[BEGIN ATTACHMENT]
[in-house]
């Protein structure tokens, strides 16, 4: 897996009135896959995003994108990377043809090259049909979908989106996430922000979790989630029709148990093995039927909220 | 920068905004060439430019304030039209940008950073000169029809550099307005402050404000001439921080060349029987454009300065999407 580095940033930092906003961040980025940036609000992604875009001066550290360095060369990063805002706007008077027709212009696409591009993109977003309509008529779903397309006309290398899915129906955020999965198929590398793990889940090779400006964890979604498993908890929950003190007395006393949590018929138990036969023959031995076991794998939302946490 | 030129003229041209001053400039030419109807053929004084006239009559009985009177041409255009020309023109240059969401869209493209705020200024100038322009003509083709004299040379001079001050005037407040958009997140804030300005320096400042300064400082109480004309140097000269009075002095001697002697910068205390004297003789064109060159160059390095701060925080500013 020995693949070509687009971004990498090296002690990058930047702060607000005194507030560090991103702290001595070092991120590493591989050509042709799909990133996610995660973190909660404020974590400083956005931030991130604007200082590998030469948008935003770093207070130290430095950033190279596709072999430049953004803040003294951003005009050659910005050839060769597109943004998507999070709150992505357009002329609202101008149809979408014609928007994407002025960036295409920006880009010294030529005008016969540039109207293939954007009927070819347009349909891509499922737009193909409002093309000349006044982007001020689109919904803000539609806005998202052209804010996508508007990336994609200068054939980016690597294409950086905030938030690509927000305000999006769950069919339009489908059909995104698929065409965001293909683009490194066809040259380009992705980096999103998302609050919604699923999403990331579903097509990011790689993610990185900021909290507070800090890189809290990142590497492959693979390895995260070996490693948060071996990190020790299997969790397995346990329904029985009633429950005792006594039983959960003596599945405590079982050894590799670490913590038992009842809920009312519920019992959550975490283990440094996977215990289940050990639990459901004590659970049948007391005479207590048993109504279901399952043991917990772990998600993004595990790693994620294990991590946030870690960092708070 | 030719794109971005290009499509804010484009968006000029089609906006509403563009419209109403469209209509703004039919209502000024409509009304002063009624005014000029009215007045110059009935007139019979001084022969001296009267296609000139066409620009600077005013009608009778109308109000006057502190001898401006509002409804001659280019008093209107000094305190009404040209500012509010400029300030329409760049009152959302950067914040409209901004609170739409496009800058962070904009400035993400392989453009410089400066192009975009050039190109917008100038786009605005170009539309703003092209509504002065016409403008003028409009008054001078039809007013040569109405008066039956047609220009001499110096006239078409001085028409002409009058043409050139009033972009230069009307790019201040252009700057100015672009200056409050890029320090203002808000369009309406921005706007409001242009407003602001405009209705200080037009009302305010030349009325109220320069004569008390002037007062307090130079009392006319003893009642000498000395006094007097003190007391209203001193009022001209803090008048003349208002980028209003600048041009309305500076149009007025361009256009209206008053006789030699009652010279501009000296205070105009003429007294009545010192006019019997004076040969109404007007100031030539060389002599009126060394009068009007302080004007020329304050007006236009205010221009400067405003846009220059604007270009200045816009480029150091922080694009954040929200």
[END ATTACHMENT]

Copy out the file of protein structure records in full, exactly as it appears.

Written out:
[in-house]
């Protein structure tokens, strides 16, 4: 897996009135896959995003994108990377043809090259049909979908989106996430922000979790989630029709148990093995039927909220 | 920068905004060439430019304030039209940008950073000169029809550099307005402050404000001439921080060349029987454009300065999407 580095940033930092906003961040980025940036609000992604875009001066550290360095060369990063805002706007008077027709212009696409591009993109977003309509008529779903397309006309290398899915129906955020999965198929590398793990889940090779400006964890979604498993908890929950003190007395006393949590018929138990036969023959031995076991794998939302946490 | 030129003229041209001053400039030419109807053929004084006239009559009985009177041409255009020309023109240059969401869209493209705020200024100038322009003509083709004299040379001079001050005037407040958009997140804030300005320096400042300064400082109480004309140097000269009075002095001697002697910068205390004297003789064109060159160059390095701060925080500013 020995693949070509687009971004990498090296002690990058930047702060607000005194507030560090991103702290001595070092991120590493591989050509042709799909990133996610995660973190909660404020974590400083956005931030991130604007200082590998030469948008935003770093207070130290430095950033190279596709072999430049953004803040003294951003005009050659910005050839060769597109943004998507999070709150992505357009002329609202101008149809979408014609928007994407002025960036295409920006880009010294030529005008016969540039109207293939954007009927070819347009349909891509499922737009193909409002093309000349006044982007001020689109919904803000539609806005998202052209804010996508508007990336994609200068054939980016690597294409950086905030938030690509927000305000999006769950069919339009489908059909995104698929065409965001293909683009490194066809040259380009992705980096999103998302609050919604699923999403990331579903097509990011790689993610990185900021909290507070800090890189809290990142590497492959693979390895995260070996490693948060071996990190020790299997969790397995346990329904029985009633429950005792006594039983959960003596599945405590079982050894590799670490913590038992009842809920009312519920019992959550975490283990440094996977215990289940050990639990459901004590659970049948007391005479207590048993109504279901399952043991917990772990998600993004595990790693994620294990991590946030870690960092708070 | 030719794109971005290009499509804010484009968006000029089609906006509403563009419209109403469209209509703004039919209502000024409509009304002063009624005014000029009215007045110059009935007139019979001084022969001296009267296609000139066409620009600077005013009608009778109308109000006057502190001898401006509002409804001659280019008093209107000094305190009404040209500012509010400029300030329409760049009152959302950067914040409209901004609170739409496009800058962070904009400035993400392989453009410089400066192009975009050039190109917008100038786009605005170009539309703003092209509504002065016409403008003028409009008054001078039809007013040569109405008066039956047609220009001499110096006239078409001085028409002409009058043409050139009033972009230069009307790019201040252009700057100015672009200056409050890029320090203002808000369009309406921005706007409001242009407003602001405009209705200080037009009302305010030349009325109220320069004569008390002037007062307090130079009392006319003893009642000498000395006094007097003190007391209203001193009022001209803090008048003349208002980028209003600048041009309305500076149009007025361009256009209206008053006789030699009652010279501009000296205070105009003429007294009545010192006019019997004076040969109404007007100031030539060389002599009126060394009068009007302080004007020329304050007006236009205010221009400067405003846009220059604007270009200045816009480029150091922080694009954040929200």